Interestingly, both adenosine A2A and A3 (A3R) receptors are expressed by macrophages, and while A2ARs inhibit, A3Rs promote the release of neutrophil migration factors by engulfing macrophages (87). However, while A2AR expression increases (86), A3R is downregulated during the course of efferocytosis (87) potentiating and maintaining this way the anti-inflammatory effects of adenosine. In addition, adenosine, by triggering adenosine A3R, contributes also to the chemotactic navigation of macrophages toward the apoptotic cells driven by apoptotic cell-derived chemotactic signals, thus facilitates the fast clearance of apoptotic cells (88). As a result, downregulation of A3R during clearance prolongs their presence around the apoptotic cells.

In an inflammatory milieu, adenosine strongly suppresses also the LPS-induced pro-inflammatory cytokine formation of monocytes and macrophages by activating A2ARs (89). In monocytes adenosine increases the expression of the Nr4A orphan nuclear receptor which then inhibits the transcriptional activity of nuclear factor-κB (NF-κB) known to play a determining role in initiating the transcription of numerous pro-inflammatory cytokines (90). The adenosine-triggered adenylate cyclase pathway in LPS-activated macrophages, on the other hand, upregulates the expression of dual-specific phosphatase 1 that interferes with the activation of LPS-activated MAP kinases (91).

Apoptotic Cells Trigger Anti-Inflammatory Signaling Pathways by Activating Cell Surface Phagocytosis Receptors on the Phagocyte
Soon after it was discovered that PS recognition plays a central role in the uptake of apoptotic cells (92), it was also discovered that PS recognition in macrophages mediates also some of the anti-inflammatory responses observed during the uptake of apoptotic cells (93). This was proven by the observation that several anti-inflammatory responses provoked by apoptotic cells can be prevented by administration of annexin V, a naturally occurring PS binding protein (92), or are not induced by cells that do not express PS during apoptosis.

In addition, in the induction of these anti-inflammatory effects, apoptotic cells can be replaced by PS liposomes (94). Some of the PS-induced anti-inflammatory responses are direct and can be detected as immediate inhibition of NF-κB transcriptional activity (46). Some others appear later, such as upregulation of the zinc finger nuclear factor, named GC binding protein (GC-BP) (95), or that of the Nr4a1 transcription factor (96). By binding to its promoter, GC-BP selectively inhibits IL-12 p35 gene transcription (95), while Nr4a1inhibits both NF-κB transcriptional activity and the induction of IL-12 (96). The induction of these transcription factors, however, might be macrophage type specific, because Nr4a1 induction is seen in peritoneal, but not in bone marrow-derived macrophages (96).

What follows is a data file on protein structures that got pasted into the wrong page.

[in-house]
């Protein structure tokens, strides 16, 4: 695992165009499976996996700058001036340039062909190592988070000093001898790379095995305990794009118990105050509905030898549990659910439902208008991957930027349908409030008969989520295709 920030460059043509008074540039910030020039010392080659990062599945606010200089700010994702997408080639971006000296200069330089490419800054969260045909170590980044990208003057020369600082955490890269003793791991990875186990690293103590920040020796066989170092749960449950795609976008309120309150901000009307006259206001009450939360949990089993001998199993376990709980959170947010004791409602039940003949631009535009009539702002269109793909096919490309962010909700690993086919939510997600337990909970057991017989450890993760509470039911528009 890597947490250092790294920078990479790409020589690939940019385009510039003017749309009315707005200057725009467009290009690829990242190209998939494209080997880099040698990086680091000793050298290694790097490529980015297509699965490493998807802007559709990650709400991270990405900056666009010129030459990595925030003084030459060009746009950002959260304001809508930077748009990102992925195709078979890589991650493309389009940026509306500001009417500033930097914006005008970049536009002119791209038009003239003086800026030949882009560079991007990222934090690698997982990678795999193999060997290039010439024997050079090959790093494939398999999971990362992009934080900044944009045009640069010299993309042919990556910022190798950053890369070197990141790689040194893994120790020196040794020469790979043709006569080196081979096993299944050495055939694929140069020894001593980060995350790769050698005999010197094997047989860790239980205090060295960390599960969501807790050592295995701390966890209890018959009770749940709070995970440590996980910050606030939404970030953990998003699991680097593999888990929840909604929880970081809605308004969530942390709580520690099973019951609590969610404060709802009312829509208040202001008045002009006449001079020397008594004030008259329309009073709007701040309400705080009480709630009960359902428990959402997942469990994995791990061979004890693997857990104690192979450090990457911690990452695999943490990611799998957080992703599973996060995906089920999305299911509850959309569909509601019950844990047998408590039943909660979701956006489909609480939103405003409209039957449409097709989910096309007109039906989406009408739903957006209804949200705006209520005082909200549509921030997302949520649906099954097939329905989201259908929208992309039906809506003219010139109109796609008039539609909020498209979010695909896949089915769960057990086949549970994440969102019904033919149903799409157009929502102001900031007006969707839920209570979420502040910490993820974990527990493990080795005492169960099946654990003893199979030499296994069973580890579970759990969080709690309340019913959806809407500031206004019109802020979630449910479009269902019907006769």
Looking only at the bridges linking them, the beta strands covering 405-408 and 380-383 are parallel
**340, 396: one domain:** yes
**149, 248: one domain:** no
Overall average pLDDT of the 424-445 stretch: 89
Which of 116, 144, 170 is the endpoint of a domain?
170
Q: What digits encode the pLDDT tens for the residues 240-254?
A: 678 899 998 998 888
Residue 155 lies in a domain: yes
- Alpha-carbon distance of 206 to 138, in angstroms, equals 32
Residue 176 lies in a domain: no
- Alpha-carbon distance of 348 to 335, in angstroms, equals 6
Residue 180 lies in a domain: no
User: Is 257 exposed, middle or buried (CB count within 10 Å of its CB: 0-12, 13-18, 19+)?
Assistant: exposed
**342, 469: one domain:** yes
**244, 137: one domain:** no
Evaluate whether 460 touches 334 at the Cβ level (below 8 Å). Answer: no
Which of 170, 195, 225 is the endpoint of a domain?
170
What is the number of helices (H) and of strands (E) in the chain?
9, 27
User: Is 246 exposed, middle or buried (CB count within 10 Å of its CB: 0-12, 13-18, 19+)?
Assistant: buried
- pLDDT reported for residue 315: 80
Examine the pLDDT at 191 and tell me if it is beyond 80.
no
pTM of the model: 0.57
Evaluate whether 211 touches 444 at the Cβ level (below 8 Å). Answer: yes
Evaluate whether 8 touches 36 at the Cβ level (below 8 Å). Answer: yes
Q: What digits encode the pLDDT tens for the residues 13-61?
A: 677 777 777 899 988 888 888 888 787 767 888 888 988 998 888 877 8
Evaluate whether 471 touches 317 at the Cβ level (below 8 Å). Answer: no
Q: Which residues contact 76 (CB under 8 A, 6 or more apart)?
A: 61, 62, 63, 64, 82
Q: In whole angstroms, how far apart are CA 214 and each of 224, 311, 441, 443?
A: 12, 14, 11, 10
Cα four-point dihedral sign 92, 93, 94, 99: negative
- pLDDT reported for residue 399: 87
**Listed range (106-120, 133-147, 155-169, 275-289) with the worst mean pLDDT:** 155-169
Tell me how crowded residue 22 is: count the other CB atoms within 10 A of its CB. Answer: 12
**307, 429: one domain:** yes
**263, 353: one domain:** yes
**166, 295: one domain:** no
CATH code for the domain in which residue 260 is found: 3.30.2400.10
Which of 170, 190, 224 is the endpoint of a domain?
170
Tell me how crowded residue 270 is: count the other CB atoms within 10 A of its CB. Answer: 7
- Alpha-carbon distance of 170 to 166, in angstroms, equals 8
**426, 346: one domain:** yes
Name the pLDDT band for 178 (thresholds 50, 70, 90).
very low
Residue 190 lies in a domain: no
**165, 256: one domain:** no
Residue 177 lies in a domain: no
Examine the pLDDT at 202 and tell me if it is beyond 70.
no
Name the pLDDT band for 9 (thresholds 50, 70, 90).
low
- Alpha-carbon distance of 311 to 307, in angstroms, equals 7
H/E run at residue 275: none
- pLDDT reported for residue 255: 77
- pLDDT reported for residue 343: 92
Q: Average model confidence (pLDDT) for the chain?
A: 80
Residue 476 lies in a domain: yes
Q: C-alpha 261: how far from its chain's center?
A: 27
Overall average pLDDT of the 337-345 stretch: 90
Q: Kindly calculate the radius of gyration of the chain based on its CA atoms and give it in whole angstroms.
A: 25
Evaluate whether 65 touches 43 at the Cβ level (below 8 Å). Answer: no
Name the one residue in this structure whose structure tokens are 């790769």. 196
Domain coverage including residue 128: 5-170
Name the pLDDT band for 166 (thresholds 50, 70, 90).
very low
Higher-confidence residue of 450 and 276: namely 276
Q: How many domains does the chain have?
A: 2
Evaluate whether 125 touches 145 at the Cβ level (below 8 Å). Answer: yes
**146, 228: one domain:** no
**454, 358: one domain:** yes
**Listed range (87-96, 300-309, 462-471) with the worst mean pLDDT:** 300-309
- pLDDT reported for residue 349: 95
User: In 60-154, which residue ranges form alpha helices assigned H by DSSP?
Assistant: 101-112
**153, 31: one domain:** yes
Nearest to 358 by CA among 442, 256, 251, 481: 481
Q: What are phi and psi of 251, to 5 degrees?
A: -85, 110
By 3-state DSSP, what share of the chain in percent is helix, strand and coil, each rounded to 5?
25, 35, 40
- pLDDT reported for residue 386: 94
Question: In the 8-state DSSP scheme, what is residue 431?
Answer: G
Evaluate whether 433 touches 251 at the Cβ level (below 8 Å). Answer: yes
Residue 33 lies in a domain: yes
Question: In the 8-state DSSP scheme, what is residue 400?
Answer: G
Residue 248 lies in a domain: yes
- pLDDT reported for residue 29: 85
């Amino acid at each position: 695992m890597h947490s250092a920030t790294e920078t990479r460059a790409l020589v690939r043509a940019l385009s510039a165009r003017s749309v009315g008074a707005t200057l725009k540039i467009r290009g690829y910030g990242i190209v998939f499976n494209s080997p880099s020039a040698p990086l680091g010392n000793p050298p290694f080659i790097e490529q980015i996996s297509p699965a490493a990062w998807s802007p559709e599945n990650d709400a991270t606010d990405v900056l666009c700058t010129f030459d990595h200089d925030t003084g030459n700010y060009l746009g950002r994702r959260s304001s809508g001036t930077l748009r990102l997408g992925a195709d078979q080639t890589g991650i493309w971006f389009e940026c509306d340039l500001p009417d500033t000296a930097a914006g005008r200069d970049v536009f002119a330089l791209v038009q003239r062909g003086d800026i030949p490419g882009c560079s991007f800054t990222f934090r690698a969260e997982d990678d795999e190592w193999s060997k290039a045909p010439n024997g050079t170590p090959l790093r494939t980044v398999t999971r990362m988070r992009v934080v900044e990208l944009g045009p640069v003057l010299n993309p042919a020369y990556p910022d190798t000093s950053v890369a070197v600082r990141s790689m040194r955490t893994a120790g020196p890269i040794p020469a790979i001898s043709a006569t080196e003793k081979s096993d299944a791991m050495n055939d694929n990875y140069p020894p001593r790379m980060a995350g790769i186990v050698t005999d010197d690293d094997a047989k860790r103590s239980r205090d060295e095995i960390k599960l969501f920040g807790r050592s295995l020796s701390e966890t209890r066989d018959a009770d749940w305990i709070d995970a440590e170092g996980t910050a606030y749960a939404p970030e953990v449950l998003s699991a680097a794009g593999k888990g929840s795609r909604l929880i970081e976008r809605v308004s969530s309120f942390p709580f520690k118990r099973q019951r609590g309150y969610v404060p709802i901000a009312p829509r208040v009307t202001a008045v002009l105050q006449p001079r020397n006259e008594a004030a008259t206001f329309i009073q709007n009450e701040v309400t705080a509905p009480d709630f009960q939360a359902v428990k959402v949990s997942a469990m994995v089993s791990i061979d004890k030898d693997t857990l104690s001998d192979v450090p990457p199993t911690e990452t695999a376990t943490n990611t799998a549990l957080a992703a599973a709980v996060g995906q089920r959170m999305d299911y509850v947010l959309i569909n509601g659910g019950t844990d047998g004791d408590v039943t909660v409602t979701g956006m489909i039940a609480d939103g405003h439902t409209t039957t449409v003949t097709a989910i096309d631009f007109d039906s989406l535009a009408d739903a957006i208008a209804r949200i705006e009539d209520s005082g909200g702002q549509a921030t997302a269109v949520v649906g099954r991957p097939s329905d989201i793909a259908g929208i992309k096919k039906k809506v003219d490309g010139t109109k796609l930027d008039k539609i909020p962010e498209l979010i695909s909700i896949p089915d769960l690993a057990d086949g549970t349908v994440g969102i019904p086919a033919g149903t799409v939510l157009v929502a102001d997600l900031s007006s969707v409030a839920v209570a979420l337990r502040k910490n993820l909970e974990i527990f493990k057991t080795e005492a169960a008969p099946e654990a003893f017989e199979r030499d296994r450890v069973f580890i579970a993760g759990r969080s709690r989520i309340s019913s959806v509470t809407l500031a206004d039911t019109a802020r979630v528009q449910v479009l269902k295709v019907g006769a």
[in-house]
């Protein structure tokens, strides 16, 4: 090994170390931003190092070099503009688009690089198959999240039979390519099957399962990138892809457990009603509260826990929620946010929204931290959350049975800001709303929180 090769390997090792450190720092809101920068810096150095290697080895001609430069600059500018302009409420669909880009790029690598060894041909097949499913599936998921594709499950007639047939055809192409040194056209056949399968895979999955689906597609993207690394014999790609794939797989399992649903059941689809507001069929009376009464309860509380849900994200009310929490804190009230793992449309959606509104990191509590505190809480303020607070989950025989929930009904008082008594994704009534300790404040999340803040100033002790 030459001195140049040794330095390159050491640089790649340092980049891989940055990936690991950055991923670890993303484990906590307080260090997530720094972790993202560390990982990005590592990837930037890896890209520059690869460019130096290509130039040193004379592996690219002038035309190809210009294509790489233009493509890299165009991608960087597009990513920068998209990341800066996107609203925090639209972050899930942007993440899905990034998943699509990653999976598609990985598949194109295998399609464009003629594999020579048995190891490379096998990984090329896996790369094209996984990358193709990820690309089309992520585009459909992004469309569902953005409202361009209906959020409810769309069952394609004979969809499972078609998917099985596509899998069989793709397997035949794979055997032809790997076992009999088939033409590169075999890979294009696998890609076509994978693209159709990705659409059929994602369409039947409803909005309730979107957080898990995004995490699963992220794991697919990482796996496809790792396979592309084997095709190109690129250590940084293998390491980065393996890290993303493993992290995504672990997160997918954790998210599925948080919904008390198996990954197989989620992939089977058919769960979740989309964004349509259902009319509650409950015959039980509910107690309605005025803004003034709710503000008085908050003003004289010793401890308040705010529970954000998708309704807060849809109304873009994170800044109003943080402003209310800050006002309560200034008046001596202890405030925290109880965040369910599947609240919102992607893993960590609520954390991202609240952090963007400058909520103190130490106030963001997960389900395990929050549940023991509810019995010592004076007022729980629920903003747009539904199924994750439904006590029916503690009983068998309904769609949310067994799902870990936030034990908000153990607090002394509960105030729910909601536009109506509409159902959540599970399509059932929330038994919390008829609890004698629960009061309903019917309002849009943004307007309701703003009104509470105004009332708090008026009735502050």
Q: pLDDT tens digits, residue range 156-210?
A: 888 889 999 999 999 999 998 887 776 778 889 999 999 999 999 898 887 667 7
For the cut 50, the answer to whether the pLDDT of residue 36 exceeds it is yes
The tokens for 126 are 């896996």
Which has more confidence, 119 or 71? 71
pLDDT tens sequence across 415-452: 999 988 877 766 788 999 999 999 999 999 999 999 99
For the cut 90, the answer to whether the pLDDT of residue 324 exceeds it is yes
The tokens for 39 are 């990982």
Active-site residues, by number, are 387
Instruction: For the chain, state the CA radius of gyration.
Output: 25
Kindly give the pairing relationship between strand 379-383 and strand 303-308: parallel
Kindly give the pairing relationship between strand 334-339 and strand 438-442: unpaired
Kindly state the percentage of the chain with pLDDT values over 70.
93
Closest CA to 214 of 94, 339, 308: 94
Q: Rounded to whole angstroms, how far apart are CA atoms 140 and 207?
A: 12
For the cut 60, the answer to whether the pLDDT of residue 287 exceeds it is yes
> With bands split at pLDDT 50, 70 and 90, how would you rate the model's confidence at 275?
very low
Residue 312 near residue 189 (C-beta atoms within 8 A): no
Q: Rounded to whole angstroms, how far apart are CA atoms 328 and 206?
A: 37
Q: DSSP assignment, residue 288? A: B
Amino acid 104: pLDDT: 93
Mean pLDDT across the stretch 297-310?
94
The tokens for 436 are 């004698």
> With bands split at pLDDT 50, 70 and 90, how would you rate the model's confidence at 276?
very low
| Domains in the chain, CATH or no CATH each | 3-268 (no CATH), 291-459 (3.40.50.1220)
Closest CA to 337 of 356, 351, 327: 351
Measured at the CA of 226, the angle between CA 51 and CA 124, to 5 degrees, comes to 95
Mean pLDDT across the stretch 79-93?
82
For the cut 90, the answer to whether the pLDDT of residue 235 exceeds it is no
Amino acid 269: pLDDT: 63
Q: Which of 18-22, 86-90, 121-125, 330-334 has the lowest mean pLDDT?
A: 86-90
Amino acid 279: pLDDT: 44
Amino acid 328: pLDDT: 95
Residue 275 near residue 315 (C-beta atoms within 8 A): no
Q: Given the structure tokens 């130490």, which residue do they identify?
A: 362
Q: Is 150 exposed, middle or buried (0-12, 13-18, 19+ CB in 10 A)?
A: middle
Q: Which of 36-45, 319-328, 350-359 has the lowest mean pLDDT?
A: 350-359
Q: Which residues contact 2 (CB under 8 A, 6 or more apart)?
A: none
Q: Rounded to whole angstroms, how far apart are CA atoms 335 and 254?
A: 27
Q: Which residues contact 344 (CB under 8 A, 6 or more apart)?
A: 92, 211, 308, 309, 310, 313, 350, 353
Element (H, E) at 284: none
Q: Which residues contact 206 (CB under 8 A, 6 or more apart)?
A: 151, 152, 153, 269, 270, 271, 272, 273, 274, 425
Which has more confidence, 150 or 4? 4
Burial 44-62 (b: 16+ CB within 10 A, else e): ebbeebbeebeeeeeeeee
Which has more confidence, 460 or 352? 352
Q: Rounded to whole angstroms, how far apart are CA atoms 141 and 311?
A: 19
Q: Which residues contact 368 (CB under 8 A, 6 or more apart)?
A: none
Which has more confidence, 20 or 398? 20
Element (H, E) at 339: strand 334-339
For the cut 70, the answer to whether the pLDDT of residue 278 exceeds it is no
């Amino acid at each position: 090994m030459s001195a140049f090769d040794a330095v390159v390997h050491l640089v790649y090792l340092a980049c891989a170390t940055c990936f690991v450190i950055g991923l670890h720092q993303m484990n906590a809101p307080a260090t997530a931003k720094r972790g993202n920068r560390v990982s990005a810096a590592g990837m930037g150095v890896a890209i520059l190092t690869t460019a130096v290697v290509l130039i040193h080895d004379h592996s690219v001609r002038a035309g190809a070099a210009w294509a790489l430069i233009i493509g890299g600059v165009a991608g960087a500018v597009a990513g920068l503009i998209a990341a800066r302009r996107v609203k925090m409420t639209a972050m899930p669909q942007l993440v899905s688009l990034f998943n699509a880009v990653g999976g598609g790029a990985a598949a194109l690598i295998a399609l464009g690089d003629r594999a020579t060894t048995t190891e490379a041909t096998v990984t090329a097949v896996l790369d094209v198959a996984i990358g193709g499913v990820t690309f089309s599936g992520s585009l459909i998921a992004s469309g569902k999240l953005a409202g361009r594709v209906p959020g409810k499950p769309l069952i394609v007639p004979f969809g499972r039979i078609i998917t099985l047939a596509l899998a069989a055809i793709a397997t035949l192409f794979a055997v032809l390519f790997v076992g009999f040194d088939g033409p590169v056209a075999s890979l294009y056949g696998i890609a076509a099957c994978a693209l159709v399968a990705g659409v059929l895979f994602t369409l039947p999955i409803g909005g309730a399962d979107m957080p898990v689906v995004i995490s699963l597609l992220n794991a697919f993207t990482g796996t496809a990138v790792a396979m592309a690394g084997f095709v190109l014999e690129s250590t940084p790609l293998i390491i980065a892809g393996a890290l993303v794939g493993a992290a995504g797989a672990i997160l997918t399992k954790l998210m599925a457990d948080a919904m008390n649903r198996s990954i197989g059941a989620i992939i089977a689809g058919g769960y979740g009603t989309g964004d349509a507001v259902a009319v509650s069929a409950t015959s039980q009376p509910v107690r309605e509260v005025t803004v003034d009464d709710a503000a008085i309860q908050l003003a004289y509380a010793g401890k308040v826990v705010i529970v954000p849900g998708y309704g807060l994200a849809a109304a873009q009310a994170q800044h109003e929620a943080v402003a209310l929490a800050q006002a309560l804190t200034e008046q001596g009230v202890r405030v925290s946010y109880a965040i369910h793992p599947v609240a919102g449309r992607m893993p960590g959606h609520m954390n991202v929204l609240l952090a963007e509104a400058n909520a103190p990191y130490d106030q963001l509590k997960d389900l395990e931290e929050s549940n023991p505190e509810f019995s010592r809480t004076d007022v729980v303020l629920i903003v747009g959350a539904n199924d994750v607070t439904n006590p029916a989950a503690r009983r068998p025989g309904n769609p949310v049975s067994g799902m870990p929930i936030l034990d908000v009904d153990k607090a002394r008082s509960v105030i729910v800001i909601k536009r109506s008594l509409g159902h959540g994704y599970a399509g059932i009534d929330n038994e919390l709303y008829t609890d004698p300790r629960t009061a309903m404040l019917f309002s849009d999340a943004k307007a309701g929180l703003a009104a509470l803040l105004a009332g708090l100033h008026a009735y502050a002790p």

In addition to these intracellular anti-inflammatory effects, PS is also responsible for triggering TGF-β1 secretion from engulfing macrophages. Thus, apoptotic PLB-985 cells that are unable to express PS during apoptosis, fail to trigger TGF-β1 production, while PS directly transferred onto the PLB-985 cell surface membranes or PS liposomes can restore the secretion of TGF-β1 (94).

Since PS is recognized by a number of phagocytic receptors and opsonins that span a wide range of gene families, it is very likely that they induce immune suppression and tolerance via overlapping and non-overlapping mechanisms. Among the PS receptors, TIM-4 is not expected to transmit anti-inflammatory signals; since in the absence of a cytoplasmic tail, it alone cannot activate an intracellular signaling pathway (97).

However, stabilin-2 was shown to be involved in inducing TGF-β1 release from engulfing macrophages (18), while MerTk was found to have a direct anti-inflammatory activity that suppresses NF-κB (98). The anti-inflammatory action of MerTk is independent of its effect on efferocytosis and is related to a signal transduction pathway that prevents the LPS-induced phosphorylation of IκB kinase and the consequent degradation of IκB (98).

Whether other phagocytosis receptors also participate in the induction of the anti-inflammatory response of macrophages is still under investigation, but CD36 and αvβ3 receptors do not seem to participate in it (99). Interestingly, however, loss of both MerTk and TG2 leads to pro-inflammatory cytokine production during efferocytosis (100, 101). But the pro-inflammatory cytokine production in this latter case might be related not only to an improper integrin signaling for which TG2 is a cofactor but also to the fact that TG2 is required for proper TGF-β activation by macrophages (102).

Phosphatidylserine receptors are expressed not only by macrophages but by other immune cells as well. As a result, apoptotic cells can transmit further immune silencing signals via activating PS receptors on those cells as well. For example, it has been shown that in the presence of apoptotic cells, iDCs do not induce expression of DC maturation-markers, such as MHC class-II, CD40, CD80, CD83, and CD86, even after challenge with CD40-signaling, monocyte-conditioned medium, LPS, or TNF-α (103–108).